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Wednesday, 17 June 2009
Page: 6431


Ms COLLINS (12:45 PM) —The government has made provision in this budget for the National Broadband Network, and Tasmania will be leading the way. Certainly, in my home state of Tasmania, people are thrilled about the announcement that Tasmania will be leading the nation under the National Broadband Network, and it has received wide public support, because at the moment Tasmania does not lead the nation when it comes to broadband. In fact, about 39 per cent of Tasmanian households currently have access to broadband compared to the national average of over 50 per cent. It is appalling, and that is the legacy that the former government left to my constituents in Franklin.

I too, like the previous Labor speaker, the member for Leichhardt, have had many complaints from my constituents, ringing up and contacting my office, about just how difficult it is to get broadband connected. I am talking about places that are 10 minutes from a capital city but currently cannot access broadband services. Even if they can, the services cost outrageous amounts of money. They are via satellite. They are very difficult to access, and this is in places that are 10 minutes away from a capital city.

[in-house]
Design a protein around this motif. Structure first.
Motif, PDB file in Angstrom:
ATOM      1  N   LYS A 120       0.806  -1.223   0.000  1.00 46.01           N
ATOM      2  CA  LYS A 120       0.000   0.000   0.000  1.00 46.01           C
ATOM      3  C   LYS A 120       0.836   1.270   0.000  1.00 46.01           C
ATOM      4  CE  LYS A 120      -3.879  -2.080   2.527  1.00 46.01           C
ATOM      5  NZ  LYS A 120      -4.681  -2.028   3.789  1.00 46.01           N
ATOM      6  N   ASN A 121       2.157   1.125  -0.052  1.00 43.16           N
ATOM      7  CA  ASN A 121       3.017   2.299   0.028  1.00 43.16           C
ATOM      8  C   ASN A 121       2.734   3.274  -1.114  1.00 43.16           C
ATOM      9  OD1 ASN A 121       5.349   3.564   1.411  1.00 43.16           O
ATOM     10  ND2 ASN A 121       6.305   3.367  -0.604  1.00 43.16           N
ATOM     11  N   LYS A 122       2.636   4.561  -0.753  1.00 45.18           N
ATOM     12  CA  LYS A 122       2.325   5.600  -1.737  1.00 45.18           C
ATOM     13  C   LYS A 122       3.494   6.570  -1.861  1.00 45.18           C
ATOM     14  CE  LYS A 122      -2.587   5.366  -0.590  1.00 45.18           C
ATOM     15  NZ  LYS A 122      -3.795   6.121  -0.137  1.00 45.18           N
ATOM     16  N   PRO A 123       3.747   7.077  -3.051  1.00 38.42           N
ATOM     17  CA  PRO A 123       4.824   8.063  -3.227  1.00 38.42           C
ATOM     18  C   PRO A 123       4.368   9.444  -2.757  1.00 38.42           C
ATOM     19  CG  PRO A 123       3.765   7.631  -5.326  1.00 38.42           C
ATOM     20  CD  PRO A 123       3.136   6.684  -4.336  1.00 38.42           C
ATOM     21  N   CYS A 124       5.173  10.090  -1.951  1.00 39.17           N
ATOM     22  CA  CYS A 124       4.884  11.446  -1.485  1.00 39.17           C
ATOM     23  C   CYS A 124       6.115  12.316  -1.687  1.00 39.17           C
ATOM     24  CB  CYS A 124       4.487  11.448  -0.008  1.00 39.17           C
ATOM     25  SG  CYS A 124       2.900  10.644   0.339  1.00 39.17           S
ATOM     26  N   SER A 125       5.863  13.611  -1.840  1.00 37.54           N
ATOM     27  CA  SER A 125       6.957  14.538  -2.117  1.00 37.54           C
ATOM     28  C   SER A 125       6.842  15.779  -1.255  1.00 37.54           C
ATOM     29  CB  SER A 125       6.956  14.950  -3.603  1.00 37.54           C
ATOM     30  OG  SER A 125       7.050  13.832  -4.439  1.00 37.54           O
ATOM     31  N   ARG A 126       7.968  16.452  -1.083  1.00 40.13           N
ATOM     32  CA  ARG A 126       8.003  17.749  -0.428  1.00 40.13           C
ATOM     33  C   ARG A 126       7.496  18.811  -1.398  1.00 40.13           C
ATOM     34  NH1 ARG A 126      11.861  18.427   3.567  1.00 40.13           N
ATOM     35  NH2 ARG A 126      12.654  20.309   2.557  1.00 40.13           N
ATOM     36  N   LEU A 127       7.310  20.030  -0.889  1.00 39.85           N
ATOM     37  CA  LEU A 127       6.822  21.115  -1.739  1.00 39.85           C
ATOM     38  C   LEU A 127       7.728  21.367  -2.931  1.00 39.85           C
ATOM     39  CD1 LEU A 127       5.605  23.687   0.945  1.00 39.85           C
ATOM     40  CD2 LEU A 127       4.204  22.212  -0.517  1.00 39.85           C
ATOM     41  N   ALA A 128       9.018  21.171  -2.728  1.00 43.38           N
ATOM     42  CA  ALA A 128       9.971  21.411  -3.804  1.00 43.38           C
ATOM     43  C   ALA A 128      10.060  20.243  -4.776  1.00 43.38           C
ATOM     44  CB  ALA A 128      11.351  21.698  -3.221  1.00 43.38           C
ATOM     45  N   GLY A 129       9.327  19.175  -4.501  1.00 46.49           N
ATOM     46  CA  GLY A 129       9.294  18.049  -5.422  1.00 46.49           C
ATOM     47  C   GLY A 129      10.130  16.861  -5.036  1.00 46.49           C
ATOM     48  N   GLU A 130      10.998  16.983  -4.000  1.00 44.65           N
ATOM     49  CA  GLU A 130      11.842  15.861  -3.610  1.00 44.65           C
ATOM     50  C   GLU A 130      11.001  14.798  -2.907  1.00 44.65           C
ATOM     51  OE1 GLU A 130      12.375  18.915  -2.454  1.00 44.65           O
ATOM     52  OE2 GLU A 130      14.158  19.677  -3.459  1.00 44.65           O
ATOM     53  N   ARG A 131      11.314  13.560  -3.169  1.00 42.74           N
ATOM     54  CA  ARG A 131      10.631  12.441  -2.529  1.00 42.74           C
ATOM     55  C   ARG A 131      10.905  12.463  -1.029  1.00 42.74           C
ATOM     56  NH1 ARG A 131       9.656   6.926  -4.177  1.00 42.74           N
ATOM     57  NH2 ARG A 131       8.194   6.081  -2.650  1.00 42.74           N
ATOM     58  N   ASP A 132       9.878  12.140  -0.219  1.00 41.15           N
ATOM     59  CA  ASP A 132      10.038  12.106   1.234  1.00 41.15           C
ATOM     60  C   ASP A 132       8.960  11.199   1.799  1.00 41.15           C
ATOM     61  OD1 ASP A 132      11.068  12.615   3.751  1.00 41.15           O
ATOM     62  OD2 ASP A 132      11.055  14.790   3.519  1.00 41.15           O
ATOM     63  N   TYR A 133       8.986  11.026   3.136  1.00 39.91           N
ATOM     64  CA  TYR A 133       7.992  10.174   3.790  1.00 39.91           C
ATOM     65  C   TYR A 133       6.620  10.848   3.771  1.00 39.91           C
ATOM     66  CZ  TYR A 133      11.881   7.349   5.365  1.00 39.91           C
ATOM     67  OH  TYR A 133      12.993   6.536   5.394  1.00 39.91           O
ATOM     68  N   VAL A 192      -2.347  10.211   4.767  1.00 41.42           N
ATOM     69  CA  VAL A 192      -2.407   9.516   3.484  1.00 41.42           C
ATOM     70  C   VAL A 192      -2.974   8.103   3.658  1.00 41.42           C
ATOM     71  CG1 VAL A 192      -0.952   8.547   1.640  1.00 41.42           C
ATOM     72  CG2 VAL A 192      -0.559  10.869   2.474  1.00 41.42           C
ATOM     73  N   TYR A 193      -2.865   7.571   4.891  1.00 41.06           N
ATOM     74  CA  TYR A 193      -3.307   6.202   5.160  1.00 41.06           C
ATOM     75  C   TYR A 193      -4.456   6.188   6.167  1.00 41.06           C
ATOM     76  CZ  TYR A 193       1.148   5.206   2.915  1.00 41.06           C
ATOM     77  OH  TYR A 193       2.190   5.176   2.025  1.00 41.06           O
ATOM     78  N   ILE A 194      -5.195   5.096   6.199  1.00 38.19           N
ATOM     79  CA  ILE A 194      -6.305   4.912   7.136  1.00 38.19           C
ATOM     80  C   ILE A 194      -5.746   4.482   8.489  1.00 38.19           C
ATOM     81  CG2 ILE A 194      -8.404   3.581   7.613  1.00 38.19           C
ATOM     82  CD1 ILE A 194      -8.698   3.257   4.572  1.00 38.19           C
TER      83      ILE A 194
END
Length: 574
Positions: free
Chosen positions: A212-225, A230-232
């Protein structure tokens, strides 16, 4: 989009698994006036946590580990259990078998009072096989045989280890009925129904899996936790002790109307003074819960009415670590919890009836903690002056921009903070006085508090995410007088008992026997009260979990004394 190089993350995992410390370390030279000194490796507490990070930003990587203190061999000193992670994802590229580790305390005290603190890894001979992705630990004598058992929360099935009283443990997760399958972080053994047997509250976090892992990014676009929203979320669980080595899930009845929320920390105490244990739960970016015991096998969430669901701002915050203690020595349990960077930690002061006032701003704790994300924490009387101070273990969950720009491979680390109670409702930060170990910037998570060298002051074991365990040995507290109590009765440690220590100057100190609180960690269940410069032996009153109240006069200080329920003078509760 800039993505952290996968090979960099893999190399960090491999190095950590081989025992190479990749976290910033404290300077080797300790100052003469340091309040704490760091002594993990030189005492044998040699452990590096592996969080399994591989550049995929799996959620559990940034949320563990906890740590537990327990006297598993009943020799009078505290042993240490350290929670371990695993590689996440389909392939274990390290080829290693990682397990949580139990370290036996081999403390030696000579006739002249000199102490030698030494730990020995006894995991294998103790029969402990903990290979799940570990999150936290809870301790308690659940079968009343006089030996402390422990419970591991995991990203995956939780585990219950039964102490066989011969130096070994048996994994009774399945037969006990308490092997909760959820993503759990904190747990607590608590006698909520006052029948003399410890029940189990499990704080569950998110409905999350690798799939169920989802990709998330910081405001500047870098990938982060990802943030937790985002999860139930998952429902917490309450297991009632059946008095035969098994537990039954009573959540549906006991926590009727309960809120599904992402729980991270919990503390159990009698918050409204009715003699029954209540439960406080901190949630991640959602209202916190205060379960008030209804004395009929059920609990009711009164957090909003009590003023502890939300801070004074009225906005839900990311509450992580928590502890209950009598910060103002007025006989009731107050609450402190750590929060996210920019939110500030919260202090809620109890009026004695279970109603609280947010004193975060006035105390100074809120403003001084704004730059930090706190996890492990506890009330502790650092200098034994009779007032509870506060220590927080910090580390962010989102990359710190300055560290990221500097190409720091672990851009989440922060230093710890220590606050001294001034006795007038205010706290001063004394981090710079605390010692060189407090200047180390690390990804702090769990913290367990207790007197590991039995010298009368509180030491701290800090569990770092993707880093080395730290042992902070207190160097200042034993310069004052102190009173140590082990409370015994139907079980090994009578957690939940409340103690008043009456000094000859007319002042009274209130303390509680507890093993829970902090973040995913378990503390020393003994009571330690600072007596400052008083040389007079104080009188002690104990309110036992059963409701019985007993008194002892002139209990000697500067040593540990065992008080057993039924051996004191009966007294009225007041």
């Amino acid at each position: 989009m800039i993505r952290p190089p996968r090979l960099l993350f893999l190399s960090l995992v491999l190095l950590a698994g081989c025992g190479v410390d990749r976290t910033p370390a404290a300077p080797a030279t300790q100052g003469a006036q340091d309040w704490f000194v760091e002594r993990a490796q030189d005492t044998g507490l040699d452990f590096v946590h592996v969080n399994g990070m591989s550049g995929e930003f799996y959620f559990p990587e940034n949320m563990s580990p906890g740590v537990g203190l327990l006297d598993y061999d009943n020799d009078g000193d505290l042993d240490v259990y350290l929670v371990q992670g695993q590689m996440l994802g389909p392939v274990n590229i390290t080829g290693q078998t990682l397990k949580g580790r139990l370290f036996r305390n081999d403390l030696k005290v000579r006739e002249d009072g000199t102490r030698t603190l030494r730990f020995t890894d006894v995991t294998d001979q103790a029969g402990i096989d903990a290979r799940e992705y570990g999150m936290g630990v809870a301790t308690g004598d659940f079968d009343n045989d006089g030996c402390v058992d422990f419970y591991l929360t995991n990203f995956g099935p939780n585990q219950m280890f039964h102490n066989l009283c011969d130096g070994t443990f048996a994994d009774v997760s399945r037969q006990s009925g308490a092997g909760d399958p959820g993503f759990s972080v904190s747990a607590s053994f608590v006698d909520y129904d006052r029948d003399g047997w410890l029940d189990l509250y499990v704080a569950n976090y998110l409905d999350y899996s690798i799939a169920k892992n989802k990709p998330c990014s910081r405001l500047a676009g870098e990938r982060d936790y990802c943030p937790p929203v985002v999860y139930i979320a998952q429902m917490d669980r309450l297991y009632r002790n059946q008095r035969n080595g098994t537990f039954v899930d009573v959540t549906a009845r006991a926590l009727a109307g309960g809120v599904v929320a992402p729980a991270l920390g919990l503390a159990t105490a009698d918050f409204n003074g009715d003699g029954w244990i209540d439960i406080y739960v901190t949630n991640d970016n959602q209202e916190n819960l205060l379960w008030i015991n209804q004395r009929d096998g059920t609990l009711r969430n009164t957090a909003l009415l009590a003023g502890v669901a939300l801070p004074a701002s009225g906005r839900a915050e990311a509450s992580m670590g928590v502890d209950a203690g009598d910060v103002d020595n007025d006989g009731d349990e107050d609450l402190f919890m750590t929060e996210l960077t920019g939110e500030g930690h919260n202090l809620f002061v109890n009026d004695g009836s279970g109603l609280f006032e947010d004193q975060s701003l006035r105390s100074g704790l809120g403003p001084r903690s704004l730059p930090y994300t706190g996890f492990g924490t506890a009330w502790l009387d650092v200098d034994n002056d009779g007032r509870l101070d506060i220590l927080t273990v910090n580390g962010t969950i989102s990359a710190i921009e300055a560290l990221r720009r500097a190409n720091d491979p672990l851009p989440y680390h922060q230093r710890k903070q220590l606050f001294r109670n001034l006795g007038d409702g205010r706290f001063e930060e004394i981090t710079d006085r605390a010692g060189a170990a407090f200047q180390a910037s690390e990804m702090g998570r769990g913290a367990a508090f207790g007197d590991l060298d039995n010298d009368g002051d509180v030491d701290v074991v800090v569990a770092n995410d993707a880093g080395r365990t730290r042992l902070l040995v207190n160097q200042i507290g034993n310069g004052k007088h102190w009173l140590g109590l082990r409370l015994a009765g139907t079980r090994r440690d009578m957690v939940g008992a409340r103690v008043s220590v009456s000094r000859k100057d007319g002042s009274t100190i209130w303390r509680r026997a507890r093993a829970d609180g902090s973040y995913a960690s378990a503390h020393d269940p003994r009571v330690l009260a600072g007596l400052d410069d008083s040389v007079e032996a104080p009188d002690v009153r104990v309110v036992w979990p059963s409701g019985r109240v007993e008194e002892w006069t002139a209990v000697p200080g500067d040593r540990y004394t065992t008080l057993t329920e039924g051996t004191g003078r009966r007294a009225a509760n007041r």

The Rudd government has obviously taken the initiative with the National Broadband Network. It is a large investment. In Tasmania the proposal has come from the state government to the federal government for Tasmania to lead the rollout of the National Broadband Network because we have done some work ourselves as a state on broadband and we already have a backbone of fibre in the ground today that has never been connected up. This broadband network will improve services greatly for Tasmania. Industry in Tasmania; IT specialists; doctors, in terms of the diagnostic services that can be provided through telehealth; and certainly education leaders, in terms of rural classrooms and regional students who will be able to access online classrooms live, will see big improvements to rural and regional areas in Tasmania that would only be delivered under the Rudd government’s Broadband Network, so it has been very well received.

The other services that are currently delivered in Tasmania through federal and state government service delivery will be very different under the Broadband Network. I do not think that many Tasmanians or some of the media in Tasmania yet understand completely what this will mean for Tasmanians and how it will transform our lifestyles. I want to ask the minister whether or not he can provide us with an update on progress on the rollout in Tasmania. I know that Tasmanians are very keen to know when this rollout might start and whereabouts it might start, if we have any answers to that at this stage. As I said, apparently only 39 per cent of Tasmanians currently have access to broadband compared to the national average of over 50 per cent, and they are really keen to get this broadband network coming out in Tasmania as soon as possible. I would also like to take this opportunity to congratulate the state government on working with the federal government to deliver services to the people of Tasmania and to my electorate of Franklin.